When Literal Honesty Goes Awry

When is it NOT appropriate to bluntly speak the truth? We’ve all heard someone be insulting and resort to the defense of “Well, it’s true!” Even boring, inoffensive facts can become offensive if brought up inartfully. I think this is a perfect example, illustrated by the hilarious comedy team of David Mitchell and Robert Webb:

I mean, technically it’s true. The literal fact that “anyone we know is unlikely to be the most attractive person on earth” shouldn’t hurt feelings. Nobody should think that much of themselves!

…And yet, it’s rude to say. Why?

I think that’s because nobody took Robert’s original statement “this is the most beautiful woman in the world” at its face value. It violated the maxim of quality – the literal meaning was clearly false so people look for alternative interpretations (“She’s beautiful and I love her” or “She’s very attractive in a combination of ways”).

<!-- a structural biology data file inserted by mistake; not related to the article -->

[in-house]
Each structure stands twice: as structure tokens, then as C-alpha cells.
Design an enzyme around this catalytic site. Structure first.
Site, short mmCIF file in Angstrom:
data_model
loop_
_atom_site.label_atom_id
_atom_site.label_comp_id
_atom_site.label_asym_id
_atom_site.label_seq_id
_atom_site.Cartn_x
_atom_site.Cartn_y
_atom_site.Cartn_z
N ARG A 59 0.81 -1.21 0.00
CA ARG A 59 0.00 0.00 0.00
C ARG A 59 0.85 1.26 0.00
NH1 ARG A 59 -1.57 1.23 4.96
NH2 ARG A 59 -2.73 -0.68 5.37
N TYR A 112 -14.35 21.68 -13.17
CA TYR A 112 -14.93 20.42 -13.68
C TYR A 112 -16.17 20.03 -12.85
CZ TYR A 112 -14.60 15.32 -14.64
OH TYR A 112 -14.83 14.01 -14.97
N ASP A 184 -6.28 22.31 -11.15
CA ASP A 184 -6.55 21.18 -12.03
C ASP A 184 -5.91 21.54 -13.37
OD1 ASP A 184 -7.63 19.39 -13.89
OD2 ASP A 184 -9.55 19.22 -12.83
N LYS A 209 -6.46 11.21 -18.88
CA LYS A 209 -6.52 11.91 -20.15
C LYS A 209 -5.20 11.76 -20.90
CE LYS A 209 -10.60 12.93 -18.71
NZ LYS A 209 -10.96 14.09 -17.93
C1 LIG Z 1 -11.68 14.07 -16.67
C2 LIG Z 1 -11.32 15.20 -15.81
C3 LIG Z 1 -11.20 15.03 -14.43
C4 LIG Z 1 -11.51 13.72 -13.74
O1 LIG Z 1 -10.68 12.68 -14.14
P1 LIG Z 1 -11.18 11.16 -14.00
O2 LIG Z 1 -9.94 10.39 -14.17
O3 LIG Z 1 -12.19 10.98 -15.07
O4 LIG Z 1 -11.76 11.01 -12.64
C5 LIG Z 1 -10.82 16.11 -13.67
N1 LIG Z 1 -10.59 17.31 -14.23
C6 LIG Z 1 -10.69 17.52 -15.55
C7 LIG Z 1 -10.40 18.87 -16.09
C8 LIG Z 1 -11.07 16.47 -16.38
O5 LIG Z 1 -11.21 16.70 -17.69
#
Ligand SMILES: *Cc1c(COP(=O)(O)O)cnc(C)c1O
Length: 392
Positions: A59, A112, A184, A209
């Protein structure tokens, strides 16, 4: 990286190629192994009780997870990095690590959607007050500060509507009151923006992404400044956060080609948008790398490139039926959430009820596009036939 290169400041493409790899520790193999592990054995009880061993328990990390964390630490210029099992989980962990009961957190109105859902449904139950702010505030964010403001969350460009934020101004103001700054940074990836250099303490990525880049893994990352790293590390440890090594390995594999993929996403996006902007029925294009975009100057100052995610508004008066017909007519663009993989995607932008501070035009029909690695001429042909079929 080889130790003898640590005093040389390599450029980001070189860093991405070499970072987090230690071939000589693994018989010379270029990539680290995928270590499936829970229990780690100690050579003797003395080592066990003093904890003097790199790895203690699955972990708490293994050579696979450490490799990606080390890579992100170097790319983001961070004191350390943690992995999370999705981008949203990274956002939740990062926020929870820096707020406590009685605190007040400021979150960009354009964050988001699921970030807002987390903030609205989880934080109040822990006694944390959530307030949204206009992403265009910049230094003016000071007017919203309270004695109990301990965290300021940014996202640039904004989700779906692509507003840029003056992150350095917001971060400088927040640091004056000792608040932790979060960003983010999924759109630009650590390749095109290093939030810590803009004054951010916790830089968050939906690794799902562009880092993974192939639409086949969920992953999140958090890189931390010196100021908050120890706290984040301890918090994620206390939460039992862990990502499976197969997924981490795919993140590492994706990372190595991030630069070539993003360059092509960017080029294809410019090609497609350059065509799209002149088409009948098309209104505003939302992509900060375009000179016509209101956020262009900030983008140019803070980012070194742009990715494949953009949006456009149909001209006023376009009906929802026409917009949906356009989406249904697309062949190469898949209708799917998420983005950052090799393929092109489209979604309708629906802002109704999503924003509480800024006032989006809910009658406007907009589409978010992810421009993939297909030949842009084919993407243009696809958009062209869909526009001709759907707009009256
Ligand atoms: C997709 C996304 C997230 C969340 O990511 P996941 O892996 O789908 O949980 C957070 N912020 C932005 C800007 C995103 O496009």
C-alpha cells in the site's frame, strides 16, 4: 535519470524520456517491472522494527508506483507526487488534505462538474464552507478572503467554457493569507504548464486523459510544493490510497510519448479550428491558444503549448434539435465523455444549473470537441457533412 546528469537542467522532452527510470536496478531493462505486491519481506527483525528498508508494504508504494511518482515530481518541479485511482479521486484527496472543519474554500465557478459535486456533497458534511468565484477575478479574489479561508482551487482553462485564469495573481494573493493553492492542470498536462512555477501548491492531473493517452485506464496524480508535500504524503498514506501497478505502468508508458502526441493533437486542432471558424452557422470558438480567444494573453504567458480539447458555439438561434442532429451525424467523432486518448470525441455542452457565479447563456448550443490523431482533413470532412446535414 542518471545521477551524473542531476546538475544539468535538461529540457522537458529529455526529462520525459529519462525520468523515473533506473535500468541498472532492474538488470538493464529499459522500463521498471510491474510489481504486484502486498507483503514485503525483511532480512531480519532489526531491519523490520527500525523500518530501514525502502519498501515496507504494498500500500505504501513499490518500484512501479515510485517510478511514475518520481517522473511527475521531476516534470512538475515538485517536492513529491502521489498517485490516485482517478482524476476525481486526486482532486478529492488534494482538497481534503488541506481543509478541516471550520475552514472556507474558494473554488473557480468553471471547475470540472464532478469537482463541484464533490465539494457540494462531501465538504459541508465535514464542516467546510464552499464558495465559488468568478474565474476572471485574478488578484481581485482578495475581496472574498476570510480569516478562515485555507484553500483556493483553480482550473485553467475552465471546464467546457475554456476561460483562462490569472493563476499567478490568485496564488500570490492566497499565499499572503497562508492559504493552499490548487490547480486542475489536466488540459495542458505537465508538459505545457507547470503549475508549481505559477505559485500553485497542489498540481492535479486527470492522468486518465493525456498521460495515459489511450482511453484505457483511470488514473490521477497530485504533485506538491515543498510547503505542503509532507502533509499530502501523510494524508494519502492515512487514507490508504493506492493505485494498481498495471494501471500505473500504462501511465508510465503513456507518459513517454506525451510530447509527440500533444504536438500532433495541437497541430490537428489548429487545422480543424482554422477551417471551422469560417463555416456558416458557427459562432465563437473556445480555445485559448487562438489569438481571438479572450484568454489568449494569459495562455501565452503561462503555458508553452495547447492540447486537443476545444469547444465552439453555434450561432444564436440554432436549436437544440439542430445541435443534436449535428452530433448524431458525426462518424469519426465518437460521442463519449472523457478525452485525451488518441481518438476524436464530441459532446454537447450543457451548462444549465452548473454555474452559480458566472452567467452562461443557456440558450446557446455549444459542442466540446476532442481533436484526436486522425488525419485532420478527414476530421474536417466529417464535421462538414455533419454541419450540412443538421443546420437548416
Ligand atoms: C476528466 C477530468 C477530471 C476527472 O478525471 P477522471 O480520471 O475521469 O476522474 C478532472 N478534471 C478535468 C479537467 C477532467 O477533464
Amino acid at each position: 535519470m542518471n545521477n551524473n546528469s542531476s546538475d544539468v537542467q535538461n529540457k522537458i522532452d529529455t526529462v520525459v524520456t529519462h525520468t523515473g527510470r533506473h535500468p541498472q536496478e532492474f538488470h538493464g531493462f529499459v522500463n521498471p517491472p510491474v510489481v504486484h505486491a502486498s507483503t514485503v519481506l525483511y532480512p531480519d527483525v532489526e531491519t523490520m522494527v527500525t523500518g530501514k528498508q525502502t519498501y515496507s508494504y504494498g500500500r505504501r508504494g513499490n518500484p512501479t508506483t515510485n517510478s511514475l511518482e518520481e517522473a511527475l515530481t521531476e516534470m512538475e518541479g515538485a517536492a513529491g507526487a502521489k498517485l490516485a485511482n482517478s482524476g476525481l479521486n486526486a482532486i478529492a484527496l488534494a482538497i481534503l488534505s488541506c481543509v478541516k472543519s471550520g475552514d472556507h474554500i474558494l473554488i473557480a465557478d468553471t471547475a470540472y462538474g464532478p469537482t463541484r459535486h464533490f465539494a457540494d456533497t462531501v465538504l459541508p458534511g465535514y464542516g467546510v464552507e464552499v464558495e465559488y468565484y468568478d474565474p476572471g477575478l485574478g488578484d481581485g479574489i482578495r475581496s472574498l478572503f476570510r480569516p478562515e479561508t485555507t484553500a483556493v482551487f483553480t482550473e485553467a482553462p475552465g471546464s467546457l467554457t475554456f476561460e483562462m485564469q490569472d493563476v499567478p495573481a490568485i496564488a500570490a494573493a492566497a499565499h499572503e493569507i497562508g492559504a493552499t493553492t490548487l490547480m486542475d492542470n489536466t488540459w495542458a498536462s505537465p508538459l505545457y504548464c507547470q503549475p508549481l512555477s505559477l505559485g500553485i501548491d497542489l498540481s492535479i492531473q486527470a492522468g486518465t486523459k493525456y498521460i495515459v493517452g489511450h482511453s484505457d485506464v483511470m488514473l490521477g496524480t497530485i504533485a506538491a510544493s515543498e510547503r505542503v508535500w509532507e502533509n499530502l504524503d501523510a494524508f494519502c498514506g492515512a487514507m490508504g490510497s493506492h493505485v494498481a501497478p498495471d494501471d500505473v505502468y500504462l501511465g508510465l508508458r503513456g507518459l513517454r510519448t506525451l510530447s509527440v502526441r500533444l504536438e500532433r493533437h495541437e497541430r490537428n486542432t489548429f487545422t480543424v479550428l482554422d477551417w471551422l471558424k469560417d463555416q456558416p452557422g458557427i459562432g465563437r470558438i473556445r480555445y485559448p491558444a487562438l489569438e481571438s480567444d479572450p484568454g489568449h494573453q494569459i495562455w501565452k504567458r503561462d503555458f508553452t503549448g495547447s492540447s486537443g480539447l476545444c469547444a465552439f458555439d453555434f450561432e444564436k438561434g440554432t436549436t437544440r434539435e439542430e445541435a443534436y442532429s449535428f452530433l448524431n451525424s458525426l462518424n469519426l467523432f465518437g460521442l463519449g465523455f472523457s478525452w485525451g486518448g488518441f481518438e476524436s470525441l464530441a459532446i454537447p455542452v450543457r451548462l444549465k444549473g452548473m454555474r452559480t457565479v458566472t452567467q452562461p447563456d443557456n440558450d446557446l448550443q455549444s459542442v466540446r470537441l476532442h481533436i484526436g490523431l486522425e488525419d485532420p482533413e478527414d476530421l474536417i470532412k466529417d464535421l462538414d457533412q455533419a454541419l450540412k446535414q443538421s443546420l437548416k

Since nobody took it seriously at face value, challenges to the claim are perceived as challenging the alternate interpretations rather than the literal meaning. The very decision to call attention to it makes a statement. Why would David be so motivated to discuss her beauty unless he strenuously disagreed with her beauty? So, in essence, he’s saying “No, she’s not very beautiful.”

Yes, David’s literal content is true: she’s not the most beautiful person in the world. But so much of our reaction to a statement is is really a reaction to its implied meaning, and it’s tough to get around that. Initial gut reactions can be powerful.